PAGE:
Symptoms    

Symptoms of ovarian cancer are nonspecific and mimic those of many other more common conditions, including digestive and bladder disorders. A woman with ovarian cancer may be diagnosed with another condition before finally learning she has cancer. Common misdiagnoses include irritable bowel syndrome, stress and depression.

The key seems to be persistent or worsening signs and symptoms. With most digestive disorders, symptoms tend to come and go, or they occur in certain situations or after eating certain foods. With ovarian cancer, there's typically little fluctuation — symptoms are constant and gradually worsen.

Recent studies have shown that women with ovarian cancer are more likely than are other women to consistently experience the following symptoms:

  • Abdominal pressure, fullness, swelling or bloating
  • Urinary urgency
  • Pelvic discomfort or pain

Additional signs and symptoms that women with ovarian cancer may experience include:

  • Persistent indigestion, gas or nausea
  • Unexplained changes in bowel habits, such as constipation
  • Changes in bladder habits, including a frequent need to urinate
  • Loss of appetite or quickly feeling full
  • Increased abdominal girth or clothes fitting tighter around your waist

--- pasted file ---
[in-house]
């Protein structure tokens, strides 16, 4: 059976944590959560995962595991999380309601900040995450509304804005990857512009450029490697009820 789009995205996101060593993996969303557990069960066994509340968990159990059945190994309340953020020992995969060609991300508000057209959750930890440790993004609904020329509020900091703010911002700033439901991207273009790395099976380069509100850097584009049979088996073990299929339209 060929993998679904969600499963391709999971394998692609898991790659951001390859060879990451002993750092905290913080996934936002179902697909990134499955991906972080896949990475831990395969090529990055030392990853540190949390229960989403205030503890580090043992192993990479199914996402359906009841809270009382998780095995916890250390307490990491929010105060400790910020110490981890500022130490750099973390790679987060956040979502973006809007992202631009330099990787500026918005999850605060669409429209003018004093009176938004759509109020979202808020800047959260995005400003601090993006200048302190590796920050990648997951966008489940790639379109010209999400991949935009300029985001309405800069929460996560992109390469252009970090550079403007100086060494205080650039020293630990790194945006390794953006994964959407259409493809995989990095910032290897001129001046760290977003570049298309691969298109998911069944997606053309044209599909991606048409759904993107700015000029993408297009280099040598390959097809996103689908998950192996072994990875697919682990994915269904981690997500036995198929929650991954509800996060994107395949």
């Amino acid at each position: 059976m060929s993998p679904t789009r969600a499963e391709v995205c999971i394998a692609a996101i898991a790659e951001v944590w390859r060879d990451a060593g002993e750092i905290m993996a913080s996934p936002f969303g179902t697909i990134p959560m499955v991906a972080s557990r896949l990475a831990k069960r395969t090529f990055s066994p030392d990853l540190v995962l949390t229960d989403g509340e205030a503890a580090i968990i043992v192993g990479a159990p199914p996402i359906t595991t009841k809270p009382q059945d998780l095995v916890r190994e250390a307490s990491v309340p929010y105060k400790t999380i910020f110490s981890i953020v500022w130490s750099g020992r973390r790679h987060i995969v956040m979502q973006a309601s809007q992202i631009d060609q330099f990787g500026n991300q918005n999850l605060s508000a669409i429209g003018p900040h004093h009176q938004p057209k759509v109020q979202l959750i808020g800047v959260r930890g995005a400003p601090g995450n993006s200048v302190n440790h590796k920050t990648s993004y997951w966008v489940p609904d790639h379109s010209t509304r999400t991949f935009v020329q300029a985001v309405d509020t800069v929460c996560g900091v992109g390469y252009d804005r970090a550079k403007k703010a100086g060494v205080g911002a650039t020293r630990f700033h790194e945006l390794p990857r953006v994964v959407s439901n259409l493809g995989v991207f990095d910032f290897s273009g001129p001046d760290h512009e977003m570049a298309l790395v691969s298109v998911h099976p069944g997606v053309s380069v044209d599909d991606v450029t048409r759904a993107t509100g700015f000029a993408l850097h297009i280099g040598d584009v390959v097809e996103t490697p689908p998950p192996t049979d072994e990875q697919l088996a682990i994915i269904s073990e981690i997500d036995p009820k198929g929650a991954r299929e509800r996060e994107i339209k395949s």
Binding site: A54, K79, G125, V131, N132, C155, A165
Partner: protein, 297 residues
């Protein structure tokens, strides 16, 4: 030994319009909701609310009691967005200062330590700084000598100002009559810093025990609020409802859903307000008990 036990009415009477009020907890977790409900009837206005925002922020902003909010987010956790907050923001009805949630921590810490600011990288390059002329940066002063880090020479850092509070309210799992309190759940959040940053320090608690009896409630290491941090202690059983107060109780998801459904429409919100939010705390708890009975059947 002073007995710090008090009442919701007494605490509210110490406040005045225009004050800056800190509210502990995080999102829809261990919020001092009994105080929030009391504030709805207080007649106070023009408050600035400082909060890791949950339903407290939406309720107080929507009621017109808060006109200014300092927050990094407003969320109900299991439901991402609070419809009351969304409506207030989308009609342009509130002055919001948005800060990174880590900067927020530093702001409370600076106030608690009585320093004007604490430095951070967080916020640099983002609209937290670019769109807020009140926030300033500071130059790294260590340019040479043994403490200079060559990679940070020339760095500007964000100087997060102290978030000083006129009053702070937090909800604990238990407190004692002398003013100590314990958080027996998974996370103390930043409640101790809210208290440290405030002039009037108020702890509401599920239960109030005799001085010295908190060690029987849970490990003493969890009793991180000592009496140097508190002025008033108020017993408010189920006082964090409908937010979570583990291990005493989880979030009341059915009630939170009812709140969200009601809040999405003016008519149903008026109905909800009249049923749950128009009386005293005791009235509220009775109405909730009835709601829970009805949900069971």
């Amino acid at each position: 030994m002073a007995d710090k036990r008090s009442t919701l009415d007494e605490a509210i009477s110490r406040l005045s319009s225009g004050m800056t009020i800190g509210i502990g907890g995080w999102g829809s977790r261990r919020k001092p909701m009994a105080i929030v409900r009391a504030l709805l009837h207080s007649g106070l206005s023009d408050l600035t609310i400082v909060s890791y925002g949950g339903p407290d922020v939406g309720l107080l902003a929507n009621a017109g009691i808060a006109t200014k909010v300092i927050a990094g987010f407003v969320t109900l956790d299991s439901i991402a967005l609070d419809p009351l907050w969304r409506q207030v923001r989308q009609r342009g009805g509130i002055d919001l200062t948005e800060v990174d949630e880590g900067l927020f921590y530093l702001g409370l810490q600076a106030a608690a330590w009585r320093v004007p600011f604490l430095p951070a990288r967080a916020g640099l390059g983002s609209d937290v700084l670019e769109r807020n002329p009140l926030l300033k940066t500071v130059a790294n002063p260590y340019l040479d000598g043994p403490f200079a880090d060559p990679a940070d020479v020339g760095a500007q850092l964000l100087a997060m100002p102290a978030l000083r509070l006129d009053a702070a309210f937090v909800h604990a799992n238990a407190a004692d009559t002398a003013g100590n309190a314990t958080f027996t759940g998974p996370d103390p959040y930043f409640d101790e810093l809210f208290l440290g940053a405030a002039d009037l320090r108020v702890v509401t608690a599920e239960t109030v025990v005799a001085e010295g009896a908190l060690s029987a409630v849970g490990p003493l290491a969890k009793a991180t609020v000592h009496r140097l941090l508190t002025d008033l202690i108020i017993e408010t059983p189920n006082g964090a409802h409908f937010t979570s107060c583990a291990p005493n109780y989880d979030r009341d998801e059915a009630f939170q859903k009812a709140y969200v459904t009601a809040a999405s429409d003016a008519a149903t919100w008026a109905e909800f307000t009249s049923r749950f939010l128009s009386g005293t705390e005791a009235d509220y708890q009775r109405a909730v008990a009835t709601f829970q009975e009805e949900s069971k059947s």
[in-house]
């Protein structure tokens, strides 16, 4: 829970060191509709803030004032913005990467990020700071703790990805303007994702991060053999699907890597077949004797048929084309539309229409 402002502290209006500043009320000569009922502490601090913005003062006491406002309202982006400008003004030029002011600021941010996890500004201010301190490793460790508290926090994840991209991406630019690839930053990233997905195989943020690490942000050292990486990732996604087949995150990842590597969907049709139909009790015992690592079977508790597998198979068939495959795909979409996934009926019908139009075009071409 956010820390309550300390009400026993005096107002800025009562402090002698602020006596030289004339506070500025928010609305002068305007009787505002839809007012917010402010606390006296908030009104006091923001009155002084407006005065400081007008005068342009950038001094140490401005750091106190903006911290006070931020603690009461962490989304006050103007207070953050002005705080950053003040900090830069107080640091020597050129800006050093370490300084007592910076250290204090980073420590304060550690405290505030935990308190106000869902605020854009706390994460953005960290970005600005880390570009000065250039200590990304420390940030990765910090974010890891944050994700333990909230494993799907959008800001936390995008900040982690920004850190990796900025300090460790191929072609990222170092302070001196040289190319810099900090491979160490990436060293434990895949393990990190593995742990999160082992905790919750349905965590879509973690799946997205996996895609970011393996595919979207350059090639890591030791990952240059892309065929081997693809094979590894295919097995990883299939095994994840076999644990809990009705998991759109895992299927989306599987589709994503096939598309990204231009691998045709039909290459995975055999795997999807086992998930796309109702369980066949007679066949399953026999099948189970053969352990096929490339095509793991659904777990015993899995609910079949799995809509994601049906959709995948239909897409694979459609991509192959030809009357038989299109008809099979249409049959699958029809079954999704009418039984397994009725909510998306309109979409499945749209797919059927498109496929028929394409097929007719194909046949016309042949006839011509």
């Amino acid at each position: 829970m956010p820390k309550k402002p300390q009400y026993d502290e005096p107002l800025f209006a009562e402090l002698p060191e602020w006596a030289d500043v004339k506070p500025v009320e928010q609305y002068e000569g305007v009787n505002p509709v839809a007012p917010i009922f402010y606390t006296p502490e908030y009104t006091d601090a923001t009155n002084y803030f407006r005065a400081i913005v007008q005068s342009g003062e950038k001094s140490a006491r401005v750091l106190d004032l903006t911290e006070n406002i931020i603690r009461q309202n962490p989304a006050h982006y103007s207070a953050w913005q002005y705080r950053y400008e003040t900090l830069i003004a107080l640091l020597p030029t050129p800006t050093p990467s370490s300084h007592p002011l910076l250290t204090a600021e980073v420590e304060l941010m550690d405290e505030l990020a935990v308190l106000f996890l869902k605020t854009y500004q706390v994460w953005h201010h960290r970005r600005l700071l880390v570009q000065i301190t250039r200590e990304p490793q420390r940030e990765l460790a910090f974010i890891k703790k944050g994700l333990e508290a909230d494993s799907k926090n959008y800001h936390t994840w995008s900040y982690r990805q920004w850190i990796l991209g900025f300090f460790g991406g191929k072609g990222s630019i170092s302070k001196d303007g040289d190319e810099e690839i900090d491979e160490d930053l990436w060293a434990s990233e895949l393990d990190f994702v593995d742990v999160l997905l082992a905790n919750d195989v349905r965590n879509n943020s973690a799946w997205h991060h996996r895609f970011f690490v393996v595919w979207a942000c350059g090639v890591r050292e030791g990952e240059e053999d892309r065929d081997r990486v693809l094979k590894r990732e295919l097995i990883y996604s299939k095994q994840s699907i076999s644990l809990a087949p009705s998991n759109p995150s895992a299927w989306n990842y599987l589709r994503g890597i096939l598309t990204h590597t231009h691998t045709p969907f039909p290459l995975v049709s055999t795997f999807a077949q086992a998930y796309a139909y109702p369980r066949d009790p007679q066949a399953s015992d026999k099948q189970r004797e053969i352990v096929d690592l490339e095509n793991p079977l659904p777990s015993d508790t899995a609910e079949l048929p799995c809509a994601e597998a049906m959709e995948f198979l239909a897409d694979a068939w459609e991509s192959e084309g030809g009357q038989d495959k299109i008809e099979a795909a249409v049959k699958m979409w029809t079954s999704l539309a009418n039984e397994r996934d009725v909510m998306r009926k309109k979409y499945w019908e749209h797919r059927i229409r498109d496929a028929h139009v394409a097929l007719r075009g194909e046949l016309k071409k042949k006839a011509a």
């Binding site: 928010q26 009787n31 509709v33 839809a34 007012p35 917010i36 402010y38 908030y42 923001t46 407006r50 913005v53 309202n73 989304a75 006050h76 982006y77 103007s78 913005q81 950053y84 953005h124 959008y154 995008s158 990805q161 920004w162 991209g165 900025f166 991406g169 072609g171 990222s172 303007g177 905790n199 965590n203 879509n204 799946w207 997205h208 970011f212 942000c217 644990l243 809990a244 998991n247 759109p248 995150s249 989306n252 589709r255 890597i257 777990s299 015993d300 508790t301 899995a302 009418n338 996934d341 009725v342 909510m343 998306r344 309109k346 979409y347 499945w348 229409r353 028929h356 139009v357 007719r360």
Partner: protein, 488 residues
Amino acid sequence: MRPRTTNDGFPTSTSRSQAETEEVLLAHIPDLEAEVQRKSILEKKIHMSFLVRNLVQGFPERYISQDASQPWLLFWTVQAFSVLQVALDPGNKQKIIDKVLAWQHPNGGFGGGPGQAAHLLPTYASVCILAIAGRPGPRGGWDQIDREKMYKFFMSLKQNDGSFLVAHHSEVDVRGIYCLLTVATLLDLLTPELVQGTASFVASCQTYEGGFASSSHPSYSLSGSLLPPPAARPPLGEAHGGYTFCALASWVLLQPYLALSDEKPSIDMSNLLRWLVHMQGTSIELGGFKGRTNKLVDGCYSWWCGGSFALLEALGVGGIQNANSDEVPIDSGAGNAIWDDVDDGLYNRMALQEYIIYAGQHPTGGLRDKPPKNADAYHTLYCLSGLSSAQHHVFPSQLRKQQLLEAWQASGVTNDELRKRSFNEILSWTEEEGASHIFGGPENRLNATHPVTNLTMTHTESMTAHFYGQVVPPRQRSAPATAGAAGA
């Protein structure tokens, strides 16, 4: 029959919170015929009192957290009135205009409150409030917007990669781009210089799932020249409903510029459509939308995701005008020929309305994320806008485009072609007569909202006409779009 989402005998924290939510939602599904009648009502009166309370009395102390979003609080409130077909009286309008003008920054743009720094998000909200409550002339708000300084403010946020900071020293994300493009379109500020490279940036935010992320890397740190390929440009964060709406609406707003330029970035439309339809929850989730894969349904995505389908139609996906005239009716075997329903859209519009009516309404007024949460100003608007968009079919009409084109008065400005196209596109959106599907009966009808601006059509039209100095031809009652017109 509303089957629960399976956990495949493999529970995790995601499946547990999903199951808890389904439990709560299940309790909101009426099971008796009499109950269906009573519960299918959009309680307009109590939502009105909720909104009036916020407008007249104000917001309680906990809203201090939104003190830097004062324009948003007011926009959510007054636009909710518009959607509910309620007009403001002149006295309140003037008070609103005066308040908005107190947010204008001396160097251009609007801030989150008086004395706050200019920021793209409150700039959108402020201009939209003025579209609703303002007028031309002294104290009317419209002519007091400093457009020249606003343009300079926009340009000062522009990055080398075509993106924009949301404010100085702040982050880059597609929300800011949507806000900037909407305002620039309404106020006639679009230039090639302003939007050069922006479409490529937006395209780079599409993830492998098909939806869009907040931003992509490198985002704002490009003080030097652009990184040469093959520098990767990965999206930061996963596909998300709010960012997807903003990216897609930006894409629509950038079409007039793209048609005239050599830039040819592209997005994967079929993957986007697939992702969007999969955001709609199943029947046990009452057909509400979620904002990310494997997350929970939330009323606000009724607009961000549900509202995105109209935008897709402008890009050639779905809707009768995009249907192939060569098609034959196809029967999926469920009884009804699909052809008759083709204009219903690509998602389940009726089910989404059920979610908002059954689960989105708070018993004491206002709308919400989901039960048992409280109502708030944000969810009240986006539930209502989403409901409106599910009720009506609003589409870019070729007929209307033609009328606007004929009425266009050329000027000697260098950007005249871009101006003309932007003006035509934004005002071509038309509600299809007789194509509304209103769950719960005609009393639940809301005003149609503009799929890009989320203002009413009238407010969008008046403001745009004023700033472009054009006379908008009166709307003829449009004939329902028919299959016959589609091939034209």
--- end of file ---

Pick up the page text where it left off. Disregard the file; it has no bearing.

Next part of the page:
• Pain during intercourse (dyspareunia)
  • A persistent lack of energy
  • Low back pain
  • Changes in menstruation

When to see a doctor
See your doctor if you have swelling, bloating, pressure or pain in your abdomen or pelvis that lasts for more than a few weeks. If you've already seen a doctor and received a diagnosis other than ovarian cancer, but you're not getting relief from the treatment, schedule a follow-up visit with your doctor or get a second opinion. Make sure that a pelvic exam is a part of your evaluation.

If you have a history of ovarian cancer or a strong history of breast cancer in your family, strongly consider seeing a doctor trained to detect and care for ovarian cancer patients so that you can talk about screening, genetic testing and treatment options while you are disease-free.

Learn More >> Causes

Source: Mayo Clinic Online (http://www.mayoclinic.com/health/ovarian-cancer/DS00293)

 

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